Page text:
The rise of developing economies over the last 20 years has seen a rapid increase in their demand for freshwater. Today, emerging nations like China and India account for over a third of global water usage (referred to in the industry as ‘withdrawals’) while developed nations are grappling with the reality of aging infrastructure being placed increasingly under stress.
We outline five key reasons we like this theme below:
1) There is no substitute for clean water
Though access to clean water is absolutely vital for life itself, domestic consumption only makes up 10% of global demand. Meanwhile agriculture, which accounts for around 70%, is often accused of being complicit in the depletion of groundwater resources in some regions due to inefficiencies around crop irrigation. Industrial use accounts for a further 20% and is an input in everything from semiconductor manufacturing to oil and gas, and from textiles to paper mills. Regardless of where water is used in our economy, it requires basic treatment such as desalination and filtering.
2) Investing in clean water isn’t just buying overly-indebted utilities
Water has an entire value chain with investable ideas which means that from a portfolio perspective, investing in the water theme does not mean you will end up with a bunch of over-indebted utility companies. From the intake of water at its source to storage in dams and reservoirs, there are companies out there manufacturing equipment like pumps and valves that will aid in transportation and distribution. Before being ready for consumption, there is an array of treatment and purification steps that require specialty chemicals, sensory equipment and advanced filtration systems.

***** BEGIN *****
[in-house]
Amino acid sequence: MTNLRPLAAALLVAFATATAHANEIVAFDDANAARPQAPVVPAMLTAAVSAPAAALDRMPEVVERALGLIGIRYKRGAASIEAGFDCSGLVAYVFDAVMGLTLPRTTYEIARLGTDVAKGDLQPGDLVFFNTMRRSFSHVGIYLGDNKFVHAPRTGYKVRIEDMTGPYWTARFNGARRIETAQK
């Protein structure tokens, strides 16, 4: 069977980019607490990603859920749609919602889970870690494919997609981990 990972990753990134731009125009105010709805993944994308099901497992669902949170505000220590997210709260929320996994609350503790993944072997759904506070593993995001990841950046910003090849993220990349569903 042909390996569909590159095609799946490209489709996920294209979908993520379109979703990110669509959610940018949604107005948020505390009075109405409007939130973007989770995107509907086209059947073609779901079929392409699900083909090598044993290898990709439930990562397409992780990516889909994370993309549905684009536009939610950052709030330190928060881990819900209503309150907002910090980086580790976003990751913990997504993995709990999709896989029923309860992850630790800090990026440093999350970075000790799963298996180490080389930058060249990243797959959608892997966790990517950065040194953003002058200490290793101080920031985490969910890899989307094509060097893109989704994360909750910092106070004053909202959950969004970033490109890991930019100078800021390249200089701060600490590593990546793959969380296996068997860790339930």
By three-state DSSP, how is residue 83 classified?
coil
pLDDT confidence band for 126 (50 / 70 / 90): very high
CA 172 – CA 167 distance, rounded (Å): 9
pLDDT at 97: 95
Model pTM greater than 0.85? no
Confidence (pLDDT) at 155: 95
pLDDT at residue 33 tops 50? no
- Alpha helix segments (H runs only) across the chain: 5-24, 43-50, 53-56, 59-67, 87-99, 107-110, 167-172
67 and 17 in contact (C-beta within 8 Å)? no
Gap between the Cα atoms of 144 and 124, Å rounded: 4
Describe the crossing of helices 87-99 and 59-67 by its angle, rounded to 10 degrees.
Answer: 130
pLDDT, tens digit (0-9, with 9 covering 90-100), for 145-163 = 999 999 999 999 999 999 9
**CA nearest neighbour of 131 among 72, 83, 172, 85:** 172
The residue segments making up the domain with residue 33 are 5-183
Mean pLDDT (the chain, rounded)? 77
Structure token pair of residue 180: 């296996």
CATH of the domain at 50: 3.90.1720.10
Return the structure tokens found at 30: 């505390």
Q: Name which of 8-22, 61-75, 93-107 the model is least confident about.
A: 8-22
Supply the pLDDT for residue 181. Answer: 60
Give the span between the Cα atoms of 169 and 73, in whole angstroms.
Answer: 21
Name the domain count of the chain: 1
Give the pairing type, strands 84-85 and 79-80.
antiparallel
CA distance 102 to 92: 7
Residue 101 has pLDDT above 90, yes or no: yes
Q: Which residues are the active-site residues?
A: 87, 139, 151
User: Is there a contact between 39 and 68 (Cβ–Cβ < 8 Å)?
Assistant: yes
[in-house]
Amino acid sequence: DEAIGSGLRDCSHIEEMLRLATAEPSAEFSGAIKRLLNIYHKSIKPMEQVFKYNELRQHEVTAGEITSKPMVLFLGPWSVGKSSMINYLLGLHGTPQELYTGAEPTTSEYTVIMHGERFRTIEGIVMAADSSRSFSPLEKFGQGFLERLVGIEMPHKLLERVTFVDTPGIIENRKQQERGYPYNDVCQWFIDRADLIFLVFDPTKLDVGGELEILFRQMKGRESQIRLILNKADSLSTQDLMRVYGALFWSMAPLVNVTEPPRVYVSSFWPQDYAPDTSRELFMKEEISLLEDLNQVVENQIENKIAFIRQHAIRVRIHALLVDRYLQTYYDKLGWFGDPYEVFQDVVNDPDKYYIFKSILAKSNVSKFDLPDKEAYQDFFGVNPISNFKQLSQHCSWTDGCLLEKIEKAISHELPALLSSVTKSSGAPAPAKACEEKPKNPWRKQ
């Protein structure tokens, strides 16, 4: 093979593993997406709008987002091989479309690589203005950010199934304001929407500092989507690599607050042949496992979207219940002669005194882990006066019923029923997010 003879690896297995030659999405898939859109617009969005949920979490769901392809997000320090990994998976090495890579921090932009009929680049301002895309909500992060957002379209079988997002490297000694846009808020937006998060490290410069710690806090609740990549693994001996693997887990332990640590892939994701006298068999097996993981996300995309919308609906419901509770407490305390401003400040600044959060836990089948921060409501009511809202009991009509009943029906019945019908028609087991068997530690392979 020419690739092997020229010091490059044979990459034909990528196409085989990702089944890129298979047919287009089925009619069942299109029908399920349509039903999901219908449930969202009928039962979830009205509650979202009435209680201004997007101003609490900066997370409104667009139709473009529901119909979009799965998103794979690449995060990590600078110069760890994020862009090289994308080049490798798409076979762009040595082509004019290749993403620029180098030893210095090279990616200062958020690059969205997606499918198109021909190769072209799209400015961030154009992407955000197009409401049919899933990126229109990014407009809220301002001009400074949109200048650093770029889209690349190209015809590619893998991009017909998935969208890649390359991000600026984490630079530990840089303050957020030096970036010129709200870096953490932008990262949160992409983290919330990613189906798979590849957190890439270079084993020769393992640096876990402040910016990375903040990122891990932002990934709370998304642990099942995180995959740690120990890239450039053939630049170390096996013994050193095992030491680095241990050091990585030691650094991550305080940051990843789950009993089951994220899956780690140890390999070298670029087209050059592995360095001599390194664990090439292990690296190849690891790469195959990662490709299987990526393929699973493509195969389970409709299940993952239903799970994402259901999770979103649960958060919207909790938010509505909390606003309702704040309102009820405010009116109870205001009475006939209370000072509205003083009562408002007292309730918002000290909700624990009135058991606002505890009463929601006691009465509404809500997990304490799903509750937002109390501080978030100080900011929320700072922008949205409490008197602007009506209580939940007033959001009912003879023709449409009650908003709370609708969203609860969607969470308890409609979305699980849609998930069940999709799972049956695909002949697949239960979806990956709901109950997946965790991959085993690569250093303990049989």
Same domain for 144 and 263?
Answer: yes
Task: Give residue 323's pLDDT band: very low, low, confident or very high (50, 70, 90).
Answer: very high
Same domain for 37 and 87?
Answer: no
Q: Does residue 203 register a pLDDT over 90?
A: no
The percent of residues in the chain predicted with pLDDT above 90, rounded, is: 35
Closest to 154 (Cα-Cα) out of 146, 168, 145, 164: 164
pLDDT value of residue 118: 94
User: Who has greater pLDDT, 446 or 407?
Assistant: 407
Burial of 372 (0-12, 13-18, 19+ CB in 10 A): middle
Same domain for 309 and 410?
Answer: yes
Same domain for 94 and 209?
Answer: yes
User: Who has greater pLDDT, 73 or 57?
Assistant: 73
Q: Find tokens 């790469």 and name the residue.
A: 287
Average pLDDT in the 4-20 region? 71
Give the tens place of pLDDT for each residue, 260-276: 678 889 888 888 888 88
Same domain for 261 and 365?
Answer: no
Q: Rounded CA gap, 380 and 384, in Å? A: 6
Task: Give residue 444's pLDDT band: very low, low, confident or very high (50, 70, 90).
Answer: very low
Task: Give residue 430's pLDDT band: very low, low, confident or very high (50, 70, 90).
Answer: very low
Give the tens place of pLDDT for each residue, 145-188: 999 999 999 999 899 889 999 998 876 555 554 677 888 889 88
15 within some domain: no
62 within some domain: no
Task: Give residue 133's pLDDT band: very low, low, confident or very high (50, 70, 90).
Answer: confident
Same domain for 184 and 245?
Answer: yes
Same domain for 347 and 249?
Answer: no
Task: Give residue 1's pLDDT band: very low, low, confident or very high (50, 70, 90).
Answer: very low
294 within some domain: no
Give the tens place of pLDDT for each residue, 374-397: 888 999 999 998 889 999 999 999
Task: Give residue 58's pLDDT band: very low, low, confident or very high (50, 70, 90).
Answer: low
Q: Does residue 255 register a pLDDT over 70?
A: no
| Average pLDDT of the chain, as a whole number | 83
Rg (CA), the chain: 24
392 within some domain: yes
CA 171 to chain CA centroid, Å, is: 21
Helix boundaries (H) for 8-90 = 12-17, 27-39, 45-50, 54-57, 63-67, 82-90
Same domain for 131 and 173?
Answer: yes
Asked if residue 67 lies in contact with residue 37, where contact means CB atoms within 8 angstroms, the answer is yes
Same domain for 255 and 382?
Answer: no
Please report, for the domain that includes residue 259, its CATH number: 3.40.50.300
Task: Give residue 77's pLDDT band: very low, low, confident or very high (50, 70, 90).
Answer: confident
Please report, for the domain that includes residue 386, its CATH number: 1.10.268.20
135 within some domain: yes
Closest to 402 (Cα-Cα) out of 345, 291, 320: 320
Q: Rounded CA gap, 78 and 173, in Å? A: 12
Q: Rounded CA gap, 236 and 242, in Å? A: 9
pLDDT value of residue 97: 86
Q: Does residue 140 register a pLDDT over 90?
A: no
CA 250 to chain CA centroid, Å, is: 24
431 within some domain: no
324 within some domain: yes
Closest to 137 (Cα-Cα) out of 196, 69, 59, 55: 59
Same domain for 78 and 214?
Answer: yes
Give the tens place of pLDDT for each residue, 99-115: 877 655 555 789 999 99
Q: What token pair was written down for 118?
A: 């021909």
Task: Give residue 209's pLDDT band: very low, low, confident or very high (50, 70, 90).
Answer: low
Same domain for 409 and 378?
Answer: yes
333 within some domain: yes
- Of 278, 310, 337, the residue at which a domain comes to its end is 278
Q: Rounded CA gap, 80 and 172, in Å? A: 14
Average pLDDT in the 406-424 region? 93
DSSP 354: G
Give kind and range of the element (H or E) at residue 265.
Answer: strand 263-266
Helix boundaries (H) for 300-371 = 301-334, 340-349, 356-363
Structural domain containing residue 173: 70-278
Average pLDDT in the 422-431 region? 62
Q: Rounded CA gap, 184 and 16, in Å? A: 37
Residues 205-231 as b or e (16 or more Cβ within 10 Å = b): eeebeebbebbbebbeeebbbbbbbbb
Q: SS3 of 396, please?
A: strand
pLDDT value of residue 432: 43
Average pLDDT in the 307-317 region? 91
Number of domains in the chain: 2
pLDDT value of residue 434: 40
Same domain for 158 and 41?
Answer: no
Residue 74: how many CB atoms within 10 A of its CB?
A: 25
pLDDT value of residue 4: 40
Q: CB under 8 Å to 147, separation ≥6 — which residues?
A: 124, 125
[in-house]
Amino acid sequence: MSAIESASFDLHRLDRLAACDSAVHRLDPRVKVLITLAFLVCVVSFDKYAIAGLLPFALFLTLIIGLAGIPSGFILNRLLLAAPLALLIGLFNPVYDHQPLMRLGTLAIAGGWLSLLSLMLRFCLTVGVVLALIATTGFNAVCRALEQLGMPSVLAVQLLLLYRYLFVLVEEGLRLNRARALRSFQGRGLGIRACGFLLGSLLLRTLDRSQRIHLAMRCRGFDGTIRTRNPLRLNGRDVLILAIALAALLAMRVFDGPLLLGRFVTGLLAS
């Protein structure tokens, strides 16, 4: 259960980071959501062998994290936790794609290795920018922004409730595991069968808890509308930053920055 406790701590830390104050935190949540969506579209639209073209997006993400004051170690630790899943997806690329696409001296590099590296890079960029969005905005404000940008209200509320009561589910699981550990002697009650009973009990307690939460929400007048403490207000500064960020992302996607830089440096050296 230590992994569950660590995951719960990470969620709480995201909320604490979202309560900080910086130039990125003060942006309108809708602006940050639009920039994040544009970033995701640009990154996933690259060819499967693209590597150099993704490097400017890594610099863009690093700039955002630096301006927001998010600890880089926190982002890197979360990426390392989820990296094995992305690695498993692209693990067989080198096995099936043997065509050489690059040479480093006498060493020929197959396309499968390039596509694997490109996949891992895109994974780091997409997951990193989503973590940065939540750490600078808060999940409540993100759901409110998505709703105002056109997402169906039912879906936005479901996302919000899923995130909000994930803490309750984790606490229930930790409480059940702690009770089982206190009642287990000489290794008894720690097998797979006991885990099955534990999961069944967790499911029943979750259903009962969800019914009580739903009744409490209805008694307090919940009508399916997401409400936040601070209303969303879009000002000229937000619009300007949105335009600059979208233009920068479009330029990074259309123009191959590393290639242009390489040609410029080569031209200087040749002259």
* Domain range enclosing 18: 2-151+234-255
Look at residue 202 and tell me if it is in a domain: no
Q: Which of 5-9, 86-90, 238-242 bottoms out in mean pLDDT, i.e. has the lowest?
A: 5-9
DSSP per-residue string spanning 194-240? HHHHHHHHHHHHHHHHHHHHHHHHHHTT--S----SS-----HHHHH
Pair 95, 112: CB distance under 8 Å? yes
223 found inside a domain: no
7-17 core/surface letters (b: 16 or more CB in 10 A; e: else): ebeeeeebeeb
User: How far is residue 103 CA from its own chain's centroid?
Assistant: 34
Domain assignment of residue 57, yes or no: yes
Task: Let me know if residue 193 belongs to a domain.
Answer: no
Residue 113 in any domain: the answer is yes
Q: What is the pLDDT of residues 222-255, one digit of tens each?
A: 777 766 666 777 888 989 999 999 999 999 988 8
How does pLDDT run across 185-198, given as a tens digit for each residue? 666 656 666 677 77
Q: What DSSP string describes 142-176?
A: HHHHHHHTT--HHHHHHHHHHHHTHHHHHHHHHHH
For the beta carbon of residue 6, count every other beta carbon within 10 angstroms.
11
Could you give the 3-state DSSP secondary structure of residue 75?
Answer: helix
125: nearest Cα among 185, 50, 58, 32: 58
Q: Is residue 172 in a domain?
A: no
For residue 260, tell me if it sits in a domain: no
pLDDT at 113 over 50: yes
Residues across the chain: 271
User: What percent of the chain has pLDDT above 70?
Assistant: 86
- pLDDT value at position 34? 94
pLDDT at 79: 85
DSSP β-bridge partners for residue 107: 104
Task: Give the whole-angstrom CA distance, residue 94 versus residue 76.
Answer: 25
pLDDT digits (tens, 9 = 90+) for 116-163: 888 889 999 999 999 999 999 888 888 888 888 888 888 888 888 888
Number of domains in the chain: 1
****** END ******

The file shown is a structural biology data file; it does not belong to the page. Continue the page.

3) Rising Asian economies will only add to clean water demand
A growing middle class in emerging markets has seen disposable incomes rapidly increase in recent years which in turn has driven consumption of goods that need large amounts of water to produce. As these populations continue to grow at a rate far greater than that of the global water supply, it’s increasingly likely that entire countries could begin to suffer from water scarcity which in turn will drive the need for wide scale efficiencies across the water value chain.
4) Infrastructure investment tailwinds are global
Ageing infrastructure in the developed world and new projects coming online in emerging markets are creating an extremely supportive environment for companies involved across water’s value chain. Governments in developed economies have historically been very poor at upgrading existing infrastructure due to tight fiscal budgets. Outsourcing therefore creates a large number of interesting opportunities in the private sector with regards to network repairs, construction projects and water efficiency enhancing technologies.
5) Regulation and health standards
As regulators – particularly in the developed world – become more environmentally minded and continue to develop supporting regulatory frameworks, companies will increasingly seek to address key environmental challenges such as those faced across the water value chain. Rising health standards across the emerging world may also drive the need for more advanced technologies like filtration systems and other such innovations as fresh water is increasingly viewed as a scarce commodity.
Investing with EQ
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